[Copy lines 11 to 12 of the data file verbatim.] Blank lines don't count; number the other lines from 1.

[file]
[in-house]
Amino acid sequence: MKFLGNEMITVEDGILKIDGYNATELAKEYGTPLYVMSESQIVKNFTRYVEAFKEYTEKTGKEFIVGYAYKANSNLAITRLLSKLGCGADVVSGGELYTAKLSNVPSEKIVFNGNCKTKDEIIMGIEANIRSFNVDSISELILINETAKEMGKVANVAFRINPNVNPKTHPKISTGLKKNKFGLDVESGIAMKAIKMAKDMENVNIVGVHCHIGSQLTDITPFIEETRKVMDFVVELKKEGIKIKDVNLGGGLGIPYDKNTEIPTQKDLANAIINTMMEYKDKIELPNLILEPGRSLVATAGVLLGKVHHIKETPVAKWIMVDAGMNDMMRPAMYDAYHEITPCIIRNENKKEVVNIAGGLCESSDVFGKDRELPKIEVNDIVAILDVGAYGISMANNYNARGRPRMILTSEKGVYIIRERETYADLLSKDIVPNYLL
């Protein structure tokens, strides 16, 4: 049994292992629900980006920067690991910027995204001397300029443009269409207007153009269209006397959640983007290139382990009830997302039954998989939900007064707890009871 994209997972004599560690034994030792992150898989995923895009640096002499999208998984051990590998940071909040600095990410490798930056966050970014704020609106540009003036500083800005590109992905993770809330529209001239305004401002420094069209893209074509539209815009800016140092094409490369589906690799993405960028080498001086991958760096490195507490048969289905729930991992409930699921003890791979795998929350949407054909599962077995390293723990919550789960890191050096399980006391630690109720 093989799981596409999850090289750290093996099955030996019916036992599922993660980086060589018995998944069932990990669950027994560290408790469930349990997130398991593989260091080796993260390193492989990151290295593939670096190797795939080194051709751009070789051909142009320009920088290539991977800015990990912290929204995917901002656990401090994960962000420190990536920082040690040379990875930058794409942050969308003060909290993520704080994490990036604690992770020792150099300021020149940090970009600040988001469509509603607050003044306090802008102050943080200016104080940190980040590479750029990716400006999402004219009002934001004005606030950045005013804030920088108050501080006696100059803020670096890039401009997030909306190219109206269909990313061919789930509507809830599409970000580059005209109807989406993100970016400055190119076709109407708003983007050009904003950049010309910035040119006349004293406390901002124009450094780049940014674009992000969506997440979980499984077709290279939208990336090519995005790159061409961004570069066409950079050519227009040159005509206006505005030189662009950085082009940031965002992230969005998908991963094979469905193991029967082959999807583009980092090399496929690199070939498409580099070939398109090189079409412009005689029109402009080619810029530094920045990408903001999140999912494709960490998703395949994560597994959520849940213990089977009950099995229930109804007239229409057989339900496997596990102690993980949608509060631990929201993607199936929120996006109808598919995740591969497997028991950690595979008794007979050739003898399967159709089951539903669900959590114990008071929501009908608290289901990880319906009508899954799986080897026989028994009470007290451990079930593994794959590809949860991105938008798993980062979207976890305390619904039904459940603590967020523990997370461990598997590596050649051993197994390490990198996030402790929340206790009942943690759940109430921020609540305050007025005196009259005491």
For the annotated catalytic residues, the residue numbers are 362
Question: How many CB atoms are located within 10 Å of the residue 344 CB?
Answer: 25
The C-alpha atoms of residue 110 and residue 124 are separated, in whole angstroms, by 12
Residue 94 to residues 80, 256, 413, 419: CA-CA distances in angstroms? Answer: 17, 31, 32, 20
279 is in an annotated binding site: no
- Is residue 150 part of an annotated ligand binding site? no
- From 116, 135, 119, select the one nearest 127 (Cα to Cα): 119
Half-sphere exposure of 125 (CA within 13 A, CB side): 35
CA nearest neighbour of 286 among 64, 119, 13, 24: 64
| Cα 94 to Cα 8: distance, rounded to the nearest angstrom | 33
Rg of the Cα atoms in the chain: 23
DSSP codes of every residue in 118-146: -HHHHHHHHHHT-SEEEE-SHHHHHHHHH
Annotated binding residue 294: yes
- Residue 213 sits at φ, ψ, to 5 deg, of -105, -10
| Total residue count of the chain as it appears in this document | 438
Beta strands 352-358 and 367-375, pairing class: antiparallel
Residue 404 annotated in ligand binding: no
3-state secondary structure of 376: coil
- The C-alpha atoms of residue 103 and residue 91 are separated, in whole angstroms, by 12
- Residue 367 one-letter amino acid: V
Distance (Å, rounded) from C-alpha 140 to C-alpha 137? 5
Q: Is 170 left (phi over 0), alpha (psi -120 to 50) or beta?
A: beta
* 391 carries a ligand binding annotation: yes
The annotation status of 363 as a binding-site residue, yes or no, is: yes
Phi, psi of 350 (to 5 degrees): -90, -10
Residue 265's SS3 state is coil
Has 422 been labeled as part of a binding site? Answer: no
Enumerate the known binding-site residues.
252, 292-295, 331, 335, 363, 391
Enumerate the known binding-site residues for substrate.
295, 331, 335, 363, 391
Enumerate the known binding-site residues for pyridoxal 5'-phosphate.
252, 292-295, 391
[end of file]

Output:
- From 116, 135, 119, select the one nearest 127 (Cα to Cα): 119
Half-sphere exposure of 125 (CA within 13 A, CB side): 35